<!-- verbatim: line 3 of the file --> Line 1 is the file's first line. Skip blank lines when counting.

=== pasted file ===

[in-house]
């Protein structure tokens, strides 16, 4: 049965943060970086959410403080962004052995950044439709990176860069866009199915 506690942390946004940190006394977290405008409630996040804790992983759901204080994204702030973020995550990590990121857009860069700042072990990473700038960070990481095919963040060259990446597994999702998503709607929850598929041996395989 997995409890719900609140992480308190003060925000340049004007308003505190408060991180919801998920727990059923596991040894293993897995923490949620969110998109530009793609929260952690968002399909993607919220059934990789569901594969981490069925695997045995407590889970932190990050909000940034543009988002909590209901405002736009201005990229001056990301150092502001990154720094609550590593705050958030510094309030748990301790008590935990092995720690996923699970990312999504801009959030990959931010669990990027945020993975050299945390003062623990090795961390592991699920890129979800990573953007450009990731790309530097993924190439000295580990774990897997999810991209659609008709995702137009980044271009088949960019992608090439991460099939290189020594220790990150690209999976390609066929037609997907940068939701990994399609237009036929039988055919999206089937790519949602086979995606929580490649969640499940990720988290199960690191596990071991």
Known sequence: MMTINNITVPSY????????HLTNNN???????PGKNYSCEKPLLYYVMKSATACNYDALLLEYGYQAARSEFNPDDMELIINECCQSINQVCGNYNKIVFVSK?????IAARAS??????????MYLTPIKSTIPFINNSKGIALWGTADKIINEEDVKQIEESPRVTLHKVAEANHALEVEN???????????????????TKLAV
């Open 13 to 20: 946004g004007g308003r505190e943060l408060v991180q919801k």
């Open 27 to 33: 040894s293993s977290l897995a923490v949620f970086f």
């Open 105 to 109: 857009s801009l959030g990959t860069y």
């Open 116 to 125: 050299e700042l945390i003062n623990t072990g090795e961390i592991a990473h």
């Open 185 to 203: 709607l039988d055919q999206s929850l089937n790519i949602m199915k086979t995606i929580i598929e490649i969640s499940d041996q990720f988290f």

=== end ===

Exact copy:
Known sequence: MMTINNITVPSY????????HLTNNN???????PGKNYSCEKPLLYYVMKSATACNYDALLLEYGYQAARSEFNPDDMELIINECCQSINQVCGNYNKIVFVSK?????IAARAS??????????MYLTPIKSTIPFINNSKGIALWGTADKIINEEDVKQIEESPRVTLHKVAEANHALEVEN???????????????????TKLAV